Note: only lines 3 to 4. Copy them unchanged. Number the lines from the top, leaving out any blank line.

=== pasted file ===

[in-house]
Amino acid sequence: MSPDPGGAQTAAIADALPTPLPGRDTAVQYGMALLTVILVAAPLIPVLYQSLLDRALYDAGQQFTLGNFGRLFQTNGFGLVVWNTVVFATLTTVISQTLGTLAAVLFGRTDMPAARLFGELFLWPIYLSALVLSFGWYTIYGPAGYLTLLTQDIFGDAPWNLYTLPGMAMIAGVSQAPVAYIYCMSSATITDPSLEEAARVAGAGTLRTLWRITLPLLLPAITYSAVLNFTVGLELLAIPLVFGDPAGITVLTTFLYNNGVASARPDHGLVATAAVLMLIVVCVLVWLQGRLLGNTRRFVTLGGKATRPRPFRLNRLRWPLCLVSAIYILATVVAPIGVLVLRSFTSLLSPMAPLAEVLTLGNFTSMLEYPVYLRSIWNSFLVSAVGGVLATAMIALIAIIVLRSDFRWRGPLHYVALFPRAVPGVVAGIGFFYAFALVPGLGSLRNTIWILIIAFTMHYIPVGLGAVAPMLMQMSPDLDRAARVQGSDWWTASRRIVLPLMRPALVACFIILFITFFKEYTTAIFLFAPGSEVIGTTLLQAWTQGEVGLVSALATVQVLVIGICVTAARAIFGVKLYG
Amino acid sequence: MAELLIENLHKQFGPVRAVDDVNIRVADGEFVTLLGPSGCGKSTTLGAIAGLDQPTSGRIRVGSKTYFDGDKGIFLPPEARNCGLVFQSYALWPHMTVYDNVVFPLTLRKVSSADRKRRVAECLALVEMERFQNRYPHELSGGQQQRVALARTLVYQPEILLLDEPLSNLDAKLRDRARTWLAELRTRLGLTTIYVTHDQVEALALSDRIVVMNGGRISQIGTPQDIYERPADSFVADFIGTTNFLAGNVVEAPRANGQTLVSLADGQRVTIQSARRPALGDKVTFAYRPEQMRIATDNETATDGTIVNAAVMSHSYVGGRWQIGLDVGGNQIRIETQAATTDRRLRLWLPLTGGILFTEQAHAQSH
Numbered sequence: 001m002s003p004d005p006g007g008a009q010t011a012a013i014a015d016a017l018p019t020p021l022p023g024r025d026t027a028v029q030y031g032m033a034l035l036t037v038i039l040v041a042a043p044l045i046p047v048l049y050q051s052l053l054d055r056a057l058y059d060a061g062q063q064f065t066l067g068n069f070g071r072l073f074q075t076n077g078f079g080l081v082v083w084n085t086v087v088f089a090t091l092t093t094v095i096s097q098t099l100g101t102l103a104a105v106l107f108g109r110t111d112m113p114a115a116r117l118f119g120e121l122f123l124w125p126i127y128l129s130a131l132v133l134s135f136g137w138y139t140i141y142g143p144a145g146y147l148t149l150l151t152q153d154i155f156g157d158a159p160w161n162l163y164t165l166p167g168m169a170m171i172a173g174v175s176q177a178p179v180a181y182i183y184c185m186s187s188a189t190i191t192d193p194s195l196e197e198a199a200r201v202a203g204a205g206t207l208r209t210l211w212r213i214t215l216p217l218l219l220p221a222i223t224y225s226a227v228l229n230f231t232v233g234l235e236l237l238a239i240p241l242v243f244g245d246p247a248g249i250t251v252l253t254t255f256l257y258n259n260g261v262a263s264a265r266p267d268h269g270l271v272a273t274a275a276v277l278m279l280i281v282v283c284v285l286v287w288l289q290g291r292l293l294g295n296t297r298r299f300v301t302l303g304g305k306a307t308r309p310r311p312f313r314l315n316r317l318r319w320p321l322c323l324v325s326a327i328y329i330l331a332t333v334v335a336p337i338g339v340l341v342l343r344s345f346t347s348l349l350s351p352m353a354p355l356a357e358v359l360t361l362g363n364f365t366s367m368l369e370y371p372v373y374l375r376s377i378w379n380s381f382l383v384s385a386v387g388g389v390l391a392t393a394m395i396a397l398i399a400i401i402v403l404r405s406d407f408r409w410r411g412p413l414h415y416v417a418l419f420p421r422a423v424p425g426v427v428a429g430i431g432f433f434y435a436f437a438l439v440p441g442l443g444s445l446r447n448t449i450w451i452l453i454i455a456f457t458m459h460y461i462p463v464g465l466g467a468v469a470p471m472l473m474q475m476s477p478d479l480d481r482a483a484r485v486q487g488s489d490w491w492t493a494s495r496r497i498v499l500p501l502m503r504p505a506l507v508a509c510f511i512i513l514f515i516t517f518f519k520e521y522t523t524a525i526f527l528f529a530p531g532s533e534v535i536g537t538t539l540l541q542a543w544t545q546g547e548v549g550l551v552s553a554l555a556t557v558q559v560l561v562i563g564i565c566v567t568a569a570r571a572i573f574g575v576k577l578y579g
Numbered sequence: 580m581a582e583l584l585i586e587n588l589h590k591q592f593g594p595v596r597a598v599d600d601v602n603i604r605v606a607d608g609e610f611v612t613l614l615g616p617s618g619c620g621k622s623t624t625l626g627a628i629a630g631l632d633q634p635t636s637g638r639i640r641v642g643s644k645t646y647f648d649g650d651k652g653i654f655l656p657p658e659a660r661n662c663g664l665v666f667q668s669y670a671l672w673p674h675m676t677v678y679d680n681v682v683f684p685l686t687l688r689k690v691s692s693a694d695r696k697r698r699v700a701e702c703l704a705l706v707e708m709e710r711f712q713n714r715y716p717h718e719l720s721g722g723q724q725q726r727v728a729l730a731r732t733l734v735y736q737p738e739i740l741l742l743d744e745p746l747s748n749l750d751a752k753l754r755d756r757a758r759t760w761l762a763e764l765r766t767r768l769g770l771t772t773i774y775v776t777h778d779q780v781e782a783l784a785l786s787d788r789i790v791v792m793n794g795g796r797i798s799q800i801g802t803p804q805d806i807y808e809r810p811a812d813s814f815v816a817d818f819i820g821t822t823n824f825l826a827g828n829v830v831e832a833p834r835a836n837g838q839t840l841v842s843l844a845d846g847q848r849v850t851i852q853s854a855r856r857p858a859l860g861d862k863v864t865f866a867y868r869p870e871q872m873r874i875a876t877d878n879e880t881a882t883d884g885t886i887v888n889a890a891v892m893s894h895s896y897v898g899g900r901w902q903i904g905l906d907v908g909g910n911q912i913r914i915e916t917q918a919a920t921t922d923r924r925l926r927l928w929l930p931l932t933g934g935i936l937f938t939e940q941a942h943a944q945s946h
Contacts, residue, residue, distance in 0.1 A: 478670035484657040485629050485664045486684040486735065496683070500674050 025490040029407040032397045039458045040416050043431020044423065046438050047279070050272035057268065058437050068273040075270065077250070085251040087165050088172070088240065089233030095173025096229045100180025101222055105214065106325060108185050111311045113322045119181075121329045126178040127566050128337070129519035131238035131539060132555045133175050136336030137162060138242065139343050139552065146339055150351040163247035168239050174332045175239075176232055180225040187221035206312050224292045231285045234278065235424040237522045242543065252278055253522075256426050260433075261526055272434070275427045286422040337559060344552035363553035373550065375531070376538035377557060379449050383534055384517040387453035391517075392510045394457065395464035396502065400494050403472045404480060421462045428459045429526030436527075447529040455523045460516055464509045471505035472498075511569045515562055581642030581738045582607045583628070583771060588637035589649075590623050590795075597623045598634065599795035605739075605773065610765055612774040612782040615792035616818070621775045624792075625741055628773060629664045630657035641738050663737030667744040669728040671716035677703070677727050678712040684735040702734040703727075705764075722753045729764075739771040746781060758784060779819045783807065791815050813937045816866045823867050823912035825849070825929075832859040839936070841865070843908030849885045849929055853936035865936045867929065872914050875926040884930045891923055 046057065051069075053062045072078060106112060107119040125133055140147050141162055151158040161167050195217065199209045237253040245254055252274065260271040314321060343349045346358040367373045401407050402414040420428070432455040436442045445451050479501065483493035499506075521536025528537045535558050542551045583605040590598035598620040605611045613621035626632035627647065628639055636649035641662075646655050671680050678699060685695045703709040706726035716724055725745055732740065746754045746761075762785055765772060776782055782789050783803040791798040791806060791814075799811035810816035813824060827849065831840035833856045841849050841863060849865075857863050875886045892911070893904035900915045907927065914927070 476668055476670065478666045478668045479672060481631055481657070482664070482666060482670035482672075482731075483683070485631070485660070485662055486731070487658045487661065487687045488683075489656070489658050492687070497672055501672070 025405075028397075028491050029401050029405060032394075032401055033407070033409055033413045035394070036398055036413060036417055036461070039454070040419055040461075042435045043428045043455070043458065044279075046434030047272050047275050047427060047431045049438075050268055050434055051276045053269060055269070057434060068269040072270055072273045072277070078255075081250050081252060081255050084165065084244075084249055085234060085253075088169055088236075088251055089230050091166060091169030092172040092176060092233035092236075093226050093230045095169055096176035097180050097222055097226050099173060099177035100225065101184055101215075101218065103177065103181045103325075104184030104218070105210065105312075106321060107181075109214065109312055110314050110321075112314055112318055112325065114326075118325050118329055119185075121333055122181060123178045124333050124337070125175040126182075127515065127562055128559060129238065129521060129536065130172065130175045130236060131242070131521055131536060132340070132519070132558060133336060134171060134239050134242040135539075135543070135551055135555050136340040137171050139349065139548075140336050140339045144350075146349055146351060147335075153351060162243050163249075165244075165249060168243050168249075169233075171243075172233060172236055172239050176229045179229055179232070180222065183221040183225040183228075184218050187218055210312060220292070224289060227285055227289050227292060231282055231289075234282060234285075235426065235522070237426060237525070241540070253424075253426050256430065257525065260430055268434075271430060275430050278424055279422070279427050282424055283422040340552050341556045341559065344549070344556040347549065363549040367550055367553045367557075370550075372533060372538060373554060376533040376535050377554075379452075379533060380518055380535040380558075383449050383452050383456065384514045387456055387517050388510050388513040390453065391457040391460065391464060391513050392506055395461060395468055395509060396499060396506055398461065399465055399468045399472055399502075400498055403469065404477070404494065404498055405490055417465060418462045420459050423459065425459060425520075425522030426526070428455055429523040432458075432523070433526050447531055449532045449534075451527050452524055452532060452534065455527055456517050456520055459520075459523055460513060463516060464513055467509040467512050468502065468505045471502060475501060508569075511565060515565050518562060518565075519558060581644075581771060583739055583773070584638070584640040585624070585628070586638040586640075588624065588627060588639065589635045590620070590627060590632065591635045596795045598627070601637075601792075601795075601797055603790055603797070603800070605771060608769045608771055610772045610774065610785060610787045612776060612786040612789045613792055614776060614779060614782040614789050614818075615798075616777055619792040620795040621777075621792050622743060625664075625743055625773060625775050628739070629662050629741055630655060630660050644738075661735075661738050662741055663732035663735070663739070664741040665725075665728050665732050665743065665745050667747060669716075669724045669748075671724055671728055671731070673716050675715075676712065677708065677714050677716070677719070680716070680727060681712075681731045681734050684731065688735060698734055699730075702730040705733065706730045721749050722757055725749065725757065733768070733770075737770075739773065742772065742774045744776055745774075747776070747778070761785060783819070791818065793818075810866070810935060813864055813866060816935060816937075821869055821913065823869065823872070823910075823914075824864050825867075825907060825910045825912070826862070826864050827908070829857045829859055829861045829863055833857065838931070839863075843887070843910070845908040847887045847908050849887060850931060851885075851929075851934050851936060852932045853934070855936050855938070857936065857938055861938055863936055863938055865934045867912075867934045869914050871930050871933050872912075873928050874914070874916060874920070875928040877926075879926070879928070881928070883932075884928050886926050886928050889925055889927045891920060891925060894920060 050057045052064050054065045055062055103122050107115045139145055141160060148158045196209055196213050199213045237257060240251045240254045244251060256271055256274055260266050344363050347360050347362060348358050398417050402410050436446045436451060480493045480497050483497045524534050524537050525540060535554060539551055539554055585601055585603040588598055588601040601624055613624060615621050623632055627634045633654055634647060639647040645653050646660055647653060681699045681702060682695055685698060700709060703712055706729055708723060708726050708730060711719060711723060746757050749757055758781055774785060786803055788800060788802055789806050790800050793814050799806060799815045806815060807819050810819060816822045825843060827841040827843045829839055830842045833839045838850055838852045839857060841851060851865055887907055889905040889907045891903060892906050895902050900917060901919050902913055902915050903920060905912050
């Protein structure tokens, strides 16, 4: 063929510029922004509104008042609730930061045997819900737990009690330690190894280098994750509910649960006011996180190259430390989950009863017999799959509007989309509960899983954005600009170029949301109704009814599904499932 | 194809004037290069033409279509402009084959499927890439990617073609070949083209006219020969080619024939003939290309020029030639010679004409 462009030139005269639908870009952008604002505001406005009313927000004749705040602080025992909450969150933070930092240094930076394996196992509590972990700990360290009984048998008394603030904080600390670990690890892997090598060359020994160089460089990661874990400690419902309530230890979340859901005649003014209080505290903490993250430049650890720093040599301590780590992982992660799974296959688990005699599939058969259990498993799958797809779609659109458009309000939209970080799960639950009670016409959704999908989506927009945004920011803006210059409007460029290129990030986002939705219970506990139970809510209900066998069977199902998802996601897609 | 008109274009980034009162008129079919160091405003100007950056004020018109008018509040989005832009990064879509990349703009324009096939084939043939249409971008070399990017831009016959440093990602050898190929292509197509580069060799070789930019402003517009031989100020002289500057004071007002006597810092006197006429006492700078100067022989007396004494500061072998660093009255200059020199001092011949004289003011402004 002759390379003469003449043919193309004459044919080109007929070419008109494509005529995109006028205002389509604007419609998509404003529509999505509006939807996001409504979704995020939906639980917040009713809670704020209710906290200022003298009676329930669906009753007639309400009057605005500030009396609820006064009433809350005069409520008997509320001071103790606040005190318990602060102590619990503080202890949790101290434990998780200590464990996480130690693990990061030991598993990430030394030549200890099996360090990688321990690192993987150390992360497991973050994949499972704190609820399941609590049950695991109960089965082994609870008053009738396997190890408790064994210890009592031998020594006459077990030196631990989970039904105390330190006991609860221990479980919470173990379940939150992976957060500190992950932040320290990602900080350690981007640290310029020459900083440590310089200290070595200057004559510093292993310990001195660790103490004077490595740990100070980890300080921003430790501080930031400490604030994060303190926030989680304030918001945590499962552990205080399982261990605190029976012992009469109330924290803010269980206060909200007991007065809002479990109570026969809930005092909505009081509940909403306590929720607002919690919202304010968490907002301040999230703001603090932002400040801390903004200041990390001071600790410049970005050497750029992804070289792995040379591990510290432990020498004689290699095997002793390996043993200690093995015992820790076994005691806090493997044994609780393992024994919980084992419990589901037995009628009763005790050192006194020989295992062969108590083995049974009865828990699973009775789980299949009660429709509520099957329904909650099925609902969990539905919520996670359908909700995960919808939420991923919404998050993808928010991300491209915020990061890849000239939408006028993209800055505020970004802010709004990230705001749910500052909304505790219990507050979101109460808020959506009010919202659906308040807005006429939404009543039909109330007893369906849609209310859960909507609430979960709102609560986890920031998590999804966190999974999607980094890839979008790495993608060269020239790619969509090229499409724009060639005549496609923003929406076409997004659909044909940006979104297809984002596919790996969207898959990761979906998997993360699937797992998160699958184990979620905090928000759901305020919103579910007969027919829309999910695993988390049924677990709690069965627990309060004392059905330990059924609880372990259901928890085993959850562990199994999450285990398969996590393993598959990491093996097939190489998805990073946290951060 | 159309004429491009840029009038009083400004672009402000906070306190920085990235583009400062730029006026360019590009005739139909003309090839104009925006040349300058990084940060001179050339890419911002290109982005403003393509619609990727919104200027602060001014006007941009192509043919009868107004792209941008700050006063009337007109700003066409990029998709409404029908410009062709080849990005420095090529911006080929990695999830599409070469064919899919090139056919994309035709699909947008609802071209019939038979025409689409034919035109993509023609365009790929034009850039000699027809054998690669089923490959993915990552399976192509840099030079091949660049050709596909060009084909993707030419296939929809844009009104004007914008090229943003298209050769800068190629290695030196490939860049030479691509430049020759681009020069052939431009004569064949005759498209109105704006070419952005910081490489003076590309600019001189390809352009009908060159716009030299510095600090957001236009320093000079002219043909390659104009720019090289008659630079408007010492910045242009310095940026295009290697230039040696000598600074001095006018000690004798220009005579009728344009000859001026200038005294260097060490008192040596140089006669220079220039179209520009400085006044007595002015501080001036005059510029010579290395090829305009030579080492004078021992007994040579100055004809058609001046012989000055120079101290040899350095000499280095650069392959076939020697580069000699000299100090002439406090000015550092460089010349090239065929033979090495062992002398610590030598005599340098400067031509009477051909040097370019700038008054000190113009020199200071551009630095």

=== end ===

Amino acid sequence: MAELLIENLHKQFGPVRAVDDVNIRVADGEFVTLLGPSGCGKSTTLGAIAGLDQPTSGRIRVGSKTYFDGDKGIFLPPEARNCGLVFQSYALWPHMTVYDNVVFPLTLRKVSSADRKRRVAECLALVEMERFQNRYPHELSGGQQQRVALARTLVYQPEILLLDEPLSNLDAKLRDRARTWLAELRTRLGLTTIYVTHDQVEALALSDRIVVMNGGRISQIGTPQDIYERPADSFVADFIGTTNFLAGNVVEAPRANGQTLVSLADGQRVTIQSARRPALGDKVTFAYRPEQMRIATDNETATDGTIVNAAVMSHSYVGGRWQIGLDVGGNQIRIETQAATTDRRLRLWLPLTGGILFTEQAHAQSH
Numbered sequence: 001m002s003p004d005p006g007g008a009q010t011a012a013i014a015d016a017l018p019t020p021l022p023g024r025d026t027a028v029q030y031g032m033a034l035l036t037v038i039l040v041a042a043p044l045i046p047v048l049y050q051s052l053l054d055r056a057l058y059d060a061g062q063q064f065t066l067g068n069f070g071r072l073f074q075t076n077g078f079g080l081v082v083w084n085t086v087v088f089a090t091l092t093t094v095i096s097q098t099l100g101t102l103a104a105v106l107f108g109r110t111d112m113p114a115a116r117l118f119g120e121l122f123l124w125p126i127y128l129s130a131l132v133l134s135f136g137w138y139t140i141y142g143p144a145g146y147l148t149l150l151t152q153d154i155f156g157d158a159p160w161n162l163y164t165l166p167g168m169a170m171i172a173g174v175s176q177a178p179v180a181y182i183y184c185m186s187s188a189t190i191t192d193p194s195l196e197e198a199a200r201v202a203g204a205g206t207l208r209t210l211w212r213i214t215l216p217l218l219l220p221a222i223t224y225s226a227v228l229n230f231t232v233g234l235e236l237l238a239i240p241l242v243f244g245d246p247a248g249i250t251v252l253t254t255f256l257y258n259n260g261v262a263s264a265r266p267d268h269g270l271v272a273t274a275a276v277l278m279l280i281v282v283c284v285l286v287w288l289q290g291r292l293l294g295n296t297r298r299f300v301t302l303g304g305k306a307t308r309p310r311p312f313r314l315n316r317l318r319w320p321l322c323l324v325s326a327i328y329i330l331a332t333v334v335a336p337i338g339v340l341v342l343r344s345f346t347s348l349l350s351p352m353a354p355l356a357e358v359l360t361l362g363n364f365t366s367m368l369e370y371p372v373y374l375r376s377i378w379n380s381f382l383v384s385a386v387g388g389v390l391a392t393a394m395i396a397l398i399a400i401i402v403l404r405s406d407f408r409w410r411g412p413l414h415y416v417a418l419f420p421r422a423v424p425g426v427v428a429g430i431g432f433f434y435a436f437a438l439v440p441g442l443g444s445l446r447n448t449i450w451i452l453i454i455a456f457t458m459h460y461i462p463v464g465l466g467a468v469a470p471m472l473m474q475m476s477p478d479l480d481r482a483a484r485v486q487g488s489d490w491w492t493a494s495r496r497i498v499l500p501l502m503r504p505a506l507v508a509c510f511i512i513l514f515i516t517f518f519k520e521y522t523t524a525i526f527l528f529a530p531g532s533e534v535i536g537t538t539l540l541q542a543w544t545q546g547e548v549g550l551v552s553a554l555a556t557v558q559v560l561v562i563g564i565c566v567t568a569a570r571a572i573f574g575v576k577l578y579g